After being bogged a number of times, we arrived at an unsuspecting jetty… a few big rocks sticking out into the water. Here we were met by a 16-foot banana boat with 40HP which would be our primary mode of transport for the next few weeks.
After loading the 50kg of dental equipment we were carrying onto the boat, we carved our way through the glassy water towards the village of Auki. The regional hospital stands proud on a grassy hill in Auki, like something out of a travel magazine.
After dropping off the gear, we headed to Gala Island, our home for the next three weeks. Windswept and ocean-splashed would be the new normal refreshing feeling we felt on our ‘commute’ everyday to work. The boat navigated its way through a small channel that snaked through the mangroves to an open lagoon. Our home was amazing! A thatched house with a large undercover deck which would be our sanctuary for the rest of our stay. With no internet and a little bit of solar power, it was actually like visiting a retreat.
Our clinical work here was rewarding but busy as we are the only dental services to the region each year. Each day we would see up to 35 patients, almost always with long-standing toothaches. The stoicism of the local people was impressive, as people would wait for months to see our dental team for relief of pain. Most teeth required extraction and the people displayed an indescribable appreciation for the help we provided. Beyond clinical service, we visited four schools in the region to promote oral health and complete the screening as requested.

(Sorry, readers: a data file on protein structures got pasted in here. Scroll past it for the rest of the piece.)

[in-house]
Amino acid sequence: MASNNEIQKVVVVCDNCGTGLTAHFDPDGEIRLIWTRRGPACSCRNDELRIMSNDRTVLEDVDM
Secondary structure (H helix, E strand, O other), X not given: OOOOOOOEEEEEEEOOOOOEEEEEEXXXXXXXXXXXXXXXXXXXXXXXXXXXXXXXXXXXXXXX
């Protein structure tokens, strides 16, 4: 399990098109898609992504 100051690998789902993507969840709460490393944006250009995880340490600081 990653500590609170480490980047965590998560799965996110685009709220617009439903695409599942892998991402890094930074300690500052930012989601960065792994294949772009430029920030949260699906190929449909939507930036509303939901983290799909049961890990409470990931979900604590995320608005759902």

One of the schools we visited was the first in the region to have running water, providing the perfect opportunity for toothbrushing by the pupils before school.
This really highlighted not only the barriers to accessing health care, but reiterated the importance of the upstream, social determinants of health. We had the pleasure of travelling to school with the kids; first in a dugout canoe, then a short walk leaping between boulders, followed by a long, narrow balance-beam boardwalk through the mangroves.
Perhaps the most eye-opening aspect of the trip was the cultural immersion experience we were privy to. We stayed with and became part of a local family. Associated with this honour, there were a number of responsibilities, including understanding and adhering to the village hierarchy and dynamic. Each day, a smorgasbord of local foods was prepared by local village women, fresh from their carefully maintained gardens. Fresh fish and a delicious variety of vegetables cooked over the fire were our daily staples. Our morning wake up was with the boat ride to Atoifi each morning in lieu of no coffee.
It wasn’t all work and no play. Our morning routine included meditation and yoga on the beach to greet the sunrise each day. Swimming, snorkelling, spearfishing, playing cards or lounging in the hammock comprised our afternoons. On the boat we voyaged to deserted islands on our weekends. Some days we were joined by dolphins racing the boat. One of our trips was joined by members from the Australian High Commission who dabbled in fishing, snorkelling and drinking coconuts after our key diplomatic work together was done.